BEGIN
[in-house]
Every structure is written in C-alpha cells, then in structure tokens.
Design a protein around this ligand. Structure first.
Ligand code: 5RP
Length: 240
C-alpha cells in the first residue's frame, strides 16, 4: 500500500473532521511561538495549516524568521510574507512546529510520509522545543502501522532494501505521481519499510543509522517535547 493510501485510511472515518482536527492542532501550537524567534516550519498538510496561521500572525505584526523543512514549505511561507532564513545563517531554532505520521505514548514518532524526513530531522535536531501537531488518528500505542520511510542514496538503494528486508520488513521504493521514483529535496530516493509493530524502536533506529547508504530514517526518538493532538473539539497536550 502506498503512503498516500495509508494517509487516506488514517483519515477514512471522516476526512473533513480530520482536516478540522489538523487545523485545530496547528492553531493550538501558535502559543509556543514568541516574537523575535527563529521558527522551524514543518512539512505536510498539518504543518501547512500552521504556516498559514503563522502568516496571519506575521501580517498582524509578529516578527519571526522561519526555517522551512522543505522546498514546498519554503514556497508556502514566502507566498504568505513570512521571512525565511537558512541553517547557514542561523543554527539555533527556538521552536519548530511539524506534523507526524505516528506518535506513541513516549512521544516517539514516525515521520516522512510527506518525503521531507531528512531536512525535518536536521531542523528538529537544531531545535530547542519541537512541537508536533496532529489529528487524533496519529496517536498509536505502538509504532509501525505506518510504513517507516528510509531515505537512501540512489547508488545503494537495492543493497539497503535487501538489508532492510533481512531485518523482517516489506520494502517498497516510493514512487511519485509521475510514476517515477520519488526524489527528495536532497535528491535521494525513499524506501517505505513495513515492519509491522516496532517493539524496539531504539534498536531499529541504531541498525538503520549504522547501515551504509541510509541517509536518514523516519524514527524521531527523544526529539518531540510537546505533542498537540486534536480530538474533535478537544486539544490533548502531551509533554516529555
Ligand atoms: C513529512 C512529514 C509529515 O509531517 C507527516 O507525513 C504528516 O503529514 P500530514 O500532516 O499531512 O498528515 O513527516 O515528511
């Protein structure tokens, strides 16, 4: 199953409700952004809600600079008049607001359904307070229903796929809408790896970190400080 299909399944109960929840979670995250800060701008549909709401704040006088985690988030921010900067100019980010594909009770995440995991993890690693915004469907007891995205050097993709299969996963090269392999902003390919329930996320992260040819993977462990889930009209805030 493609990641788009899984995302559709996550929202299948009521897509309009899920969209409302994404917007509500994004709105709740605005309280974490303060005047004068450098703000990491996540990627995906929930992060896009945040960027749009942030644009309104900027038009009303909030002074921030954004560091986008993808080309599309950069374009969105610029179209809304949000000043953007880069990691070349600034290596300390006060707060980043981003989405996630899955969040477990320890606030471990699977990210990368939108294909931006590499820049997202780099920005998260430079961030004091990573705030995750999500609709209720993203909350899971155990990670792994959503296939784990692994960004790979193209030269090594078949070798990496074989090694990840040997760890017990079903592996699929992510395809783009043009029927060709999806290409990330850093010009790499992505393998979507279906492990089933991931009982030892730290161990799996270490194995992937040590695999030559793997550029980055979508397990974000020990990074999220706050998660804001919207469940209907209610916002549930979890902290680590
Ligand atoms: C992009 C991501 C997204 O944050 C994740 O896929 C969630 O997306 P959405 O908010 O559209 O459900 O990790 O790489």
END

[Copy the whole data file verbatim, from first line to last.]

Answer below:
[in-house]
Every structure is written in C-alpha cells, then in structure tokens.
Design a protein around this ligand. Structure first.
Ligand code: 5RP
Length: 240
C-alpha cells in the first residue's frame, strides 16, 4: 500500500473532521511561538495549516524568521510574507512546529510520509522545543502501522532494501505521481519499510543509522517535547 493510501485510511472515518482536527492542532501550537524567534516550519498538510496561521500572525505584526523543512514549505511561507532564513545563517531554532505520521505514548514518532524526513530531522535536531501537531488518528500505542520511510542514496538503494528486508520488513521504493521514483529535496530516493509493530524502536533506529547508504530514517526518538493532538473539539497536550 502506498503512503498516500495509508494517509487516506488514517483519515477514512471522516476526512473533513480530520482536516478540522489538523487545523485545530496547528492553531493550538501558535502559543509556543514568541516574537523575535527563529521558527522551524514543518512539512505536510498539518504543518501547512500552521504556516498559514503563522502568516496571519506575521501580517498582524509578529516578527519571526522561519526555517522551512522543505522546498514546498519554503514556497508556502514566502507566498504568505513570512521571512525565511537558512541553517547557514542561523543554527539555533527556538521552536519548530511539524506534523507526524505516528506518535506513541513516549512521544516517539514516525515521520516522512510527506518525503521531507531528512531536512525535518536536521531542523528538529537544531531545535530547542519541537512541537508536533496532529489529528487524533496519529496517536498509536505502538509504532509501525505506518510504513517507516528510509531515505537512501540512489547508488545503494537495492543493497539497503535487501538489508532492510533481512531485518523482517516489506520494502517498497516510493514512487511519485509521475510514476517515477520519488526524489527528495536532497535528491535521494525513499524506501517505505513495513515492519509491522516496532517493539524496539531504539534498536531499529541504531541498525538503520549504522547501515551504509541510509541517509536518514523516519524514527524521531527523544526529539518531540510537546505533542498537540486534536480530538474533535478537544486539544490533548502531551509533554516529555
Ligand atoms: C513529512 C512529514 C509529515 O509531517 C507527516 O507525513 C504528516 O503529514 P500530514 O500532516 O499531512 O498528515 O513527516 O515528511
């Protein structure tokens, strides 16, 4: 199953409700952004809600600079008049607001359904307070229903796929809408790896970190400080 299909399944109960929840979670995250800060701008549909709401704040006088985690988030921010900067100019980010594909009770995440995991993890690693915004469907007891995205050097993709299969996963090269392999902003390919329930996320992260040819993977462990889930009209805030 493609990641788009899984995302559709996550929202299948009521897509309009899920969209409302994404917007509500994004709105709740605005309280974490303060005047004068450098703000990491996540990627995906929930992060896009945040960027749009942030644009309104900027038009009303909030002074921030954004560091986008993808080309599309950069374009969105610029179209809304949000000043953007880069990691070349600034290596300390006060707060980043981003989405996630899955969040477990320890606030471990699977990210990368939108294909931006590499820049997202780099920005998260430079961030004091990573705030995750999500609709209720993203909350899971155990990670792994959503296939784990692994960004790979193209030269090594078949070798990496074989090694990840040997760890017990079903592996699929992510395809783009043009029927060709999806290409990330850093010009790499992505393998979507279906492990089933991931009982030892730290161990799996270490194995992937040590695999030559793997550029980055979508397990974000020990990074999220706050998660804001919207469940209907209610916002549930979890902290680590
Ligand atoms: C992009 C991501 C997204 O944050 C994740 O896929 C969630 O997306 P959405 O908010 O559209 O459900 O990790 O790489």